Rahul Gandhi’s public blips have been laughed, trolled and framed as internet’s epic moments, but as Gujarat elections near, they are now being turned into controversies. When the Congress vice president visited Somnath Temple on Wednesday, rumours made rounds that his name had been signed in the non-Hindu visitor’s book. While Congress denied the claim officially on their Twitter handle, Twitteratis had already taken wind and made #SomnathTemple a trending topic.
The alleged goof up is being pinned on the party’s media coordinator Manoj Tyagi who added the Congress vice president’s name in the non-Hindu register while listing Ahmed Patel, a member of Gandhi’s entourage. The Congress allege, the image of the registry in question is fabricated. The image which went viral on social media, remains unverified. Congress later shared an image of a visitor’s registry book, saying there is only one registry book in Somnath Temple.
Clarification: There is only one visitor's book at Somnath Temple that was signed by Congress VP Rahul Gandhi. Any other image being circulated is fabricated.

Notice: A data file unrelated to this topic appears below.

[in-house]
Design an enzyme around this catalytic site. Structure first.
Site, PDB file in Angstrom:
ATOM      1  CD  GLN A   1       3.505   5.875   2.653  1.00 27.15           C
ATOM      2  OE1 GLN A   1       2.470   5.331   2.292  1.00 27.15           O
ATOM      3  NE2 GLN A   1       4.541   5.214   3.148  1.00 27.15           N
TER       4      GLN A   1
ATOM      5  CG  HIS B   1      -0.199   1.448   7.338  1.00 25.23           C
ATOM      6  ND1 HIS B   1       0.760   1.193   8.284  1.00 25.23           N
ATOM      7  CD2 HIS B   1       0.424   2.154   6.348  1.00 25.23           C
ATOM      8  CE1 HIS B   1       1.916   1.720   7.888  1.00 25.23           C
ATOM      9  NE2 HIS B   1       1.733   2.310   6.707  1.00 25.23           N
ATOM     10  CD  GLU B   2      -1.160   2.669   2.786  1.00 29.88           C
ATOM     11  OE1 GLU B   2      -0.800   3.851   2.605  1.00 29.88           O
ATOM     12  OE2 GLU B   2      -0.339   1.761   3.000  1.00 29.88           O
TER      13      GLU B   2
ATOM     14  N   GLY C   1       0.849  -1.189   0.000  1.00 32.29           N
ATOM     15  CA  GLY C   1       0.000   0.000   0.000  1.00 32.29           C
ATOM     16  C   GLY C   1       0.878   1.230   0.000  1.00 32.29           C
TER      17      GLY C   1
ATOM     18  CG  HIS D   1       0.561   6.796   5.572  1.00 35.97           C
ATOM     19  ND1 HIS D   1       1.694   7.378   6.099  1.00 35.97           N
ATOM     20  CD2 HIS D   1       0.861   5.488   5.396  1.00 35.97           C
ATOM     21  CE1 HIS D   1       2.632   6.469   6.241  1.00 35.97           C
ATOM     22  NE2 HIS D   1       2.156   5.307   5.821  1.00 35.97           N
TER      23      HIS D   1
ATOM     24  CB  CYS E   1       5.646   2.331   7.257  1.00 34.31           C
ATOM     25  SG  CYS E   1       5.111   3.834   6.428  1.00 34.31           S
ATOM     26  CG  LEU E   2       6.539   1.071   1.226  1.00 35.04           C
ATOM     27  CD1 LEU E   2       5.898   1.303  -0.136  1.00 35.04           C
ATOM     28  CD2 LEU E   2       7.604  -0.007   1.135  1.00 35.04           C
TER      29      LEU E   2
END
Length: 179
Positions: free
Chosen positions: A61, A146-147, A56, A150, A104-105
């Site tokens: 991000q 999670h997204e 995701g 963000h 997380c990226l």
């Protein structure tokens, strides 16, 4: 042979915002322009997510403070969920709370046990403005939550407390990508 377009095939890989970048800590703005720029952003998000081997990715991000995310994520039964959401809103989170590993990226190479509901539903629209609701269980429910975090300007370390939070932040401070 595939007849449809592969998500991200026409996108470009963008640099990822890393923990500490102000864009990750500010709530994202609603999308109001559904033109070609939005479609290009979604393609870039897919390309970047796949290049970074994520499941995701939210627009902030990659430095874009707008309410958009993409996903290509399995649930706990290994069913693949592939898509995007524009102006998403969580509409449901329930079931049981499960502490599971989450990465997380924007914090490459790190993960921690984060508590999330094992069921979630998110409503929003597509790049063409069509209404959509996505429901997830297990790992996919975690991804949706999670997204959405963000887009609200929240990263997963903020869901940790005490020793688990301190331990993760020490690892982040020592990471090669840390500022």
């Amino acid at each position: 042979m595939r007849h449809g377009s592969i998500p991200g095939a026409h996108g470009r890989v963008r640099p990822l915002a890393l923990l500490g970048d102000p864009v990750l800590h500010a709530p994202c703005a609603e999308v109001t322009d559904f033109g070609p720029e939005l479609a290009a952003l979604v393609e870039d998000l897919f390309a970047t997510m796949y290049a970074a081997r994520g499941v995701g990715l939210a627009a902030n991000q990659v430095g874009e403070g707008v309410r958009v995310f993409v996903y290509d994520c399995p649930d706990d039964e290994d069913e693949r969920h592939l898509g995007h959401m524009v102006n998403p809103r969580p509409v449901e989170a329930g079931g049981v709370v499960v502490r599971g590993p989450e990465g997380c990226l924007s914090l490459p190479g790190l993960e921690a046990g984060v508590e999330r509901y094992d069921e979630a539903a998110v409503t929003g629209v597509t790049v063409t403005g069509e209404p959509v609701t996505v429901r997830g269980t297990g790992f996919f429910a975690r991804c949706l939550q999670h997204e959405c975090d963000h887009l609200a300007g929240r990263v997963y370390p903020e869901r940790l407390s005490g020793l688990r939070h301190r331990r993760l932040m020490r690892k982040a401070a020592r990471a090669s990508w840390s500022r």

Desperate times call for desperate measures? pic.twitter.com/KOokFOH83z— Congress (@INCIndia) November 29, 2017
Here is the original signature of Rahul Gandhi at Somnath Temple.Very clearly. The other signature is written as 'Rahul Gandhi ji', why would he write ji? Don't know who wrote it. BJP doing what it does best, diverting from real issues: Deependra Hooda,Congress pic.twitter.com/CeRqJnlA6A
— ANI (@ANI) November 29, 2017
— Congress (@INCIndia) November 29, 2017
Democracy practiced on Twitter has proven itself to be religiously sensitive from time to time and has proved its mettle yet again. One section of the micro-blogging site showed outrage over Gandhi’s sycophancy towards Hindu voters by being a non-practicing Hindu, calling the episode as Gandhi finally outing his religious beliefs. Others called it BJP’s desperate attempts to blasphemies the leader over menial issues.The issue however, has great potential to dent Gandhi’s shot at the Prime Minister’s seat. A similar scenario was painted for 2004’s general election when Manmohan Singh became the Prime Minister even when politics around her Italian origins made it impossible for Sonia Gandhi to lead the country. The furor made her back track from contesting for the seat even though she was constitutionally eligible to be PM. No wonder the Congress is taking the 'Non-hindu Register' seriously.